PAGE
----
It doesn’t get any more Kiwi than a plate of fish and chips, unless of course, you’re throwing in a side of Māori language lessons.
The popular casual eatery and seafood restaurant in the heart of Wigram Skies has introduced free te reo Māori classes and the first event earlier this year attracted more than 600 people. “I was brought up speaking te reo Māori at home and primary school but it wasn’t until I got to high school that I realised how unusual I was,” Fush owner-operator Anton Matthews says. “It’s one of Aotearoa’s three official languages and the preservation and normalisation of it is very dear to my heart. I only speak to my children in te reo Māori and we’ve always made it a part of the Fush culture too. Now, I want to give our community a chance to learn the basics for free.
“The feedback has been overwhelming,” Matthews says. “We might well have created a bit of a beast! But isn’t that so cool?” The team at FUSH had to find a bigger venue, so they booked out a local auditorium and couldn’t believe the turnout. “We had our first lesson and we were just so stoked, people are coming back for more which is just so awesome.” “We expected probably a dozen or so people to turn up, but when we put it online the feedback and demand for the lessons was overwhelming.”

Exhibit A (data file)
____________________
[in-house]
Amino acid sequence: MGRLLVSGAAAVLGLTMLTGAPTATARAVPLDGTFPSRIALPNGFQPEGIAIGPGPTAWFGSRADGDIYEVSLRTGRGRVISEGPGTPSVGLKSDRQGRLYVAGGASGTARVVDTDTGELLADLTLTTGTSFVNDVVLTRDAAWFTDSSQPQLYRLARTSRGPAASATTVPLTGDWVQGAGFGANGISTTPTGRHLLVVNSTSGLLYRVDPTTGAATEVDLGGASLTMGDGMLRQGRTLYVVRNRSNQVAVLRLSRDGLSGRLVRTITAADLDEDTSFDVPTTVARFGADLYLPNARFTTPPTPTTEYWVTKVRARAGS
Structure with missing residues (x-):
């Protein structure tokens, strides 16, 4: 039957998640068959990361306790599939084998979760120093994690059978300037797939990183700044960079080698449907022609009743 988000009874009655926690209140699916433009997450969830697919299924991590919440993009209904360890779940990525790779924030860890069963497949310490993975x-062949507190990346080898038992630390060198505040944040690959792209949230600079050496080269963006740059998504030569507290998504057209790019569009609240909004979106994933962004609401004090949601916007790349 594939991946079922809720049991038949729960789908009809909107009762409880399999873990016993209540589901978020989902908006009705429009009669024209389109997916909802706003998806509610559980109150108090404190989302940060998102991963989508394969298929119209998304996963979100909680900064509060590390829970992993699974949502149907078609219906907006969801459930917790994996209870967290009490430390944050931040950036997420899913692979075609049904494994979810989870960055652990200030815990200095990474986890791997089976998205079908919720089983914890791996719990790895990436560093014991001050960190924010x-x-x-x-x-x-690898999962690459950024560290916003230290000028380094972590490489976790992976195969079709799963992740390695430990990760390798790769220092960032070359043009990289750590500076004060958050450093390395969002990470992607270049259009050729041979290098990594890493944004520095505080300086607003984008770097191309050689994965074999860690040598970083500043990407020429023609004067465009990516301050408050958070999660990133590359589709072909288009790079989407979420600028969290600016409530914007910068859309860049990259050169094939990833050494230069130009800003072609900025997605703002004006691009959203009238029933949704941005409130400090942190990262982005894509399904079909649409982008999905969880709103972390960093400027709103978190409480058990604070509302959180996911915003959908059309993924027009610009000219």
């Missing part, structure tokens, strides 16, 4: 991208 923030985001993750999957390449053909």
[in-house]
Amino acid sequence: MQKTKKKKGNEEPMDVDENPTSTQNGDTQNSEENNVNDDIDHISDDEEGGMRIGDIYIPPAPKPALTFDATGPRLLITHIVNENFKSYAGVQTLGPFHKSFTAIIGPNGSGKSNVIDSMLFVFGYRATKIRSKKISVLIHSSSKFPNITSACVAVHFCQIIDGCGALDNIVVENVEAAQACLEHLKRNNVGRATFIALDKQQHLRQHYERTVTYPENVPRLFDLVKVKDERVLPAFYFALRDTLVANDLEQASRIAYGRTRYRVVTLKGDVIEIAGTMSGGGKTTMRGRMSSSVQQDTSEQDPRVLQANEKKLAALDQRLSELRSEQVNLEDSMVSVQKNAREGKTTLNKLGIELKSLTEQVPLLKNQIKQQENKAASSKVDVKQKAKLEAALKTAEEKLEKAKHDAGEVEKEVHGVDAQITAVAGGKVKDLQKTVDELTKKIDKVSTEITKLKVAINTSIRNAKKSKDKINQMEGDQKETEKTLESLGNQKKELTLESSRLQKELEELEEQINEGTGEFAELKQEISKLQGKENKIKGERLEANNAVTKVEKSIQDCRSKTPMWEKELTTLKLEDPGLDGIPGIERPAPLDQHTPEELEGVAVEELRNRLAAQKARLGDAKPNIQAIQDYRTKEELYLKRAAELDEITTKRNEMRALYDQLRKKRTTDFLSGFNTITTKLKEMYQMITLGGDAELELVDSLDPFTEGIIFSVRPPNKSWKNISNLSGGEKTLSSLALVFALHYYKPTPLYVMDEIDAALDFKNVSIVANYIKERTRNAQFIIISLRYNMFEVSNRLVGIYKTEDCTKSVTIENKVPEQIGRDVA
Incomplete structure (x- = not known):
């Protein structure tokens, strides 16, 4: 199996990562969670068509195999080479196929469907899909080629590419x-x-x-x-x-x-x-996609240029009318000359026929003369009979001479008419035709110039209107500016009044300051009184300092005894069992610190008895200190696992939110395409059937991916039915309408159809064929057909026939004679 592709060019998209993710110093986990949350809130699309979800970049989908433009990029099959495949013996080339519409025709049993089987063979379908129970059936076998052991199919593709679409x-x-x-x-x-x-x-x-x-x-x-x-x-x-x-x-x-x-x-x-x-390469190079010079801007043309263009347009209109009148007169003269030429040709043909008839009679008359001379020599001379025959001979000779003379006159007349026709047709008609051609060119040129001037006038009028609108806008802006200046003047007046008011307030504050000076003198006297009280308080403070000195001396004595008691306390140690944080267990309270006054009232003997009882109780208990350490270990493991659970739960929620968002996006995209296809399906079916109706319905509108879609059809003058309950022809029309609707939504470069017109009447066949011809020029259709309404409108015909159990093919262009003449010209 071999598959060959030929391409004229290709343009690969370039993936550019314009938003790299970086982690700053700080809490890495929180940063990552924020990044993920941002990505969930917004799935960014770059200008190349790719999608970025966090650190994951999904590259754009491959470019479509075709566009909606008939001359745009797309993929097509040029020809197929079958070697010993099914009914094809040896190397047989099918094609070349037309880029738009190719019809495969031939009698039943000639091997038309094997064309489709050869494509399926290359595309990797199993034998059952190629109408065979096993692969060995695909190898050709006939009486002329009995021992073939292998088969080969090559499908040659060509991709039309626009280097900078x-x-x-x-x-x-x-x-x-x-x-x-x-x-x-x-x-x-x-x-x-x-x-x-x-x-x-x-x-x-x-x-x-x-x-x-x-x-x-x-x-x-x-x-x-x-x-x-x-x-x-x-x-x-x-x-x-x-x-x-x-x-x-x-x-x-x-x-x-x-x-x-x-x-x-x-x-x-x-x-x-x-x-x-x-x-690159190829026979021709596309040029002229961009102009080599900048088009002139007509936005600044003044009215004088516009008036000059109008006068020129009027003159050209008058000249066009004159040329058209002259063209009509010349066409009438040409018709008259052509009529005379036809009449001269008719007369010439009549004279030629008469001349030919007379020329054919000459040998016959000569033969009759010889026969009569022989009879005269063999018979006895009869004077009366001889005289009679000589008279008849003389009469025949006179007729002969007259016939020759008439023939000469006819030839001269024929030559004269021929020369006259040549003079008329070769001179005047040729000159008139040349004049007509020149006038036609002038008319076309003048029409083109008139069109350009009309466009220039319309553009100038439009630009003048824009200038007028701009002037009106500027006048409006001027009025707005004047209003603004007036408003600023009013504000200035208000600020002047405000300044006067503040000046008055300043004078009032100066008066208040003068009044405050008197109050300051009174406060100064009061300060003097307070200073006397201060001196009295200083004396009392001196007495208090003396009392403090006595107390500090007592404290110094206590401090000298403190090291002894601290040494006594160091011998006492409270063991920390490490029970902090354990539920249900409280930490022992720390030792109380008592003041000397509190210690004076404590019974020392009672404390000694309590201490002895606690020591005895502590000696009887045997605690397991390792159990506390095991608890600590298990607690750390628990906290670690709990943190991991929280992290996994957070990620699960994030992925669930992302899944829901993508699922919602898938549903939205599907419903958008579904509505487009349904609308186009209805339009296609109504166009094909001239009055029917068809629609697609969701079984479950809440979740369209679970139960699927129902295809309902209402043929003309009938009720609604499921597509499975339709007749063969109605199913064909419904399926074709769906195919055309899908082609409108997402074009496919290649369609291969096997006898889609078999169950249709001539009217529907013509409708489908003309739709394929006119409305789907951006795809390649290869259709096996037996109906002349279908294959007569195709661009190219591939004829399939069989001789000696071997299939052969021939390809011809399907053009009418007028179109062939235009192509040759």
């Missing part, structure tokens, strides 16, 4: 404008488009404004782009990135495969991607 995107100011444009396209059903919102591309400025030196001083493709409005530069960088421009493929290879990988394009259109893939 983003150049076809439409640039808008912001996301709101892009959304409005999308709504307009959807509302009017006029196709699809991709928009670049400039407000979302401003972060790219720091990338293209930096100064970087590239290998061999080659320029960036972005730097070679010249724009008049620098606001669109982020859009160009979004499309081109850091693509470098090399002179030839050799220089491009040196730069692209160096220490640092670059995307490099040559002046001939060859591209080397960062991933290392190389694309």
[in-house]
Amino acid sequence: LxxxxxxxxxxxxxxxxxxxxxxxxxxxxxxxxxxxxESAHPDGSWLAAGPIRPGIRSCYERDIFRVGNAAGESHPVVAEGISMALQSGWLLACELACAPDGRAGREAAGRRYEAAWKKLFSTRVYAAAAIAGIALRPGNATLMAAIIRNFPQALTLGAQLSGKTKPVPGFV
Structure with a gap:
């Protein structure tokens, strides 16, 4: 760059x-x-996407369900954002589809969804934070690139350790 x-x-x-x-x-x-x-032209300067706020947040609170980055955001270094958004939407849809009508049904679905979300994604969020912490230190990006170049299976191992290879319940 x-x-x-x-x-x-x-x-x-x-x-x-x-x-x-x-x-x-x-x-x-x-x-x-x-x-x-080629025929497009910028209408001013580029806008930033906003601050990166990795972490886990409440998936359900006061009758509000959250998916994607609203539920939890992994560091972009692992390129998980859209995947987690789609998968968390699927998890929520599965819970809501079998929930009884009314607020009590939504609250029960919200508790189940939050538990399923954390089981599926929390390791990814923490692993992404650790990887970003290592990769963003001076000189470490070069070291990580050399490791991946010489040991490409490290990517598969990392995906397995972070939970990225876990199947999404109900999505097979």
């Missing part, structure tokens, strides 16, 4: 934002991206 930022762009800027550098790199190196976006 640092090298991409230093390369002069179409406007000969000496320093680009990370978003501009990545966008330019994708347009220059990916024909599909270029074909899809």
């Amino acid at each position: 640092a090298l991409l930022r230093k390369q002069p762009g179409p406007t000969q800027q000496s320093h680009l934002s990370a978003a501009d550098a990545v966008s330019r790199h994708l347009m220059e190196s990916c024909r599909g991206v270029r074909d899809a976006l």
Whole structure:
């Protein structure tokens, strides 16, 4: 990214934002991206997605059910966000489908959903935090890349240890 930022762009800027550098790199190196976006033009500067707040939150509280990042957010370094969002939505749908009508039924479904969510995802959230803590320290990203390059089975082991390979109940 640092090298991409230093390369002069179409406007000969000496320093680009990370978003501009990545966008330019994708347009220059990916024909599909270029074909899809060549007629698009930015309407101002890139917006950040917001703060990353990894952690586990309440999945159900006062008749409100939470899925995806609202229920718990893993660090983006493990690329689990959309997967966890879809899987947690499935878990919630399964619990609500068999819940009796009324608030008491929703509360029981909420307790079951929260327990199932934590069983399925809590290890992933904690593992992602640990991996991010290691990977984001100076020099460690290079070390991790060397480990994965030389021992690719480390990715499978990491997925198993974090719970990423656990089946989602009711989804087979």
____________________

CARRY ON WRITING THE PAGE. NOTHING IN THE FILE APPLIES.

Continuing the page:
FUSH is a whānau (family) owned business that opened in 2016 with the goal to sell the perfect fish and chips. Manaakitanga (the way in which you show hospitality towards your guests) is important to Anton and the team so everyone is welcomed like one of the family. The restaurant features a menu in both English and te reo Māori and table talkers with basic Māori words to encourage diners to speak Māori to each other while they wait for food.
Te reo Māori in New Zealand is experiencing a renaissance with free classes across the country becoming popular with young and old people looking to reconnect with their culture or learn more about the indigenous Māori culture. Ngahiwi Apanui, the Chief Executive of Te Taura Whiri i te reo Māori (Māori Language Commission), says children are again using their language at home, in places where a 1970’s study had shown effectively no intergenerational transmission of te reo Māori was occurring.
“It’s like seeing green shoots appear in a burnt-off landscape. Māori language is alive and is bursting through into new domains,” Ngahiwi says.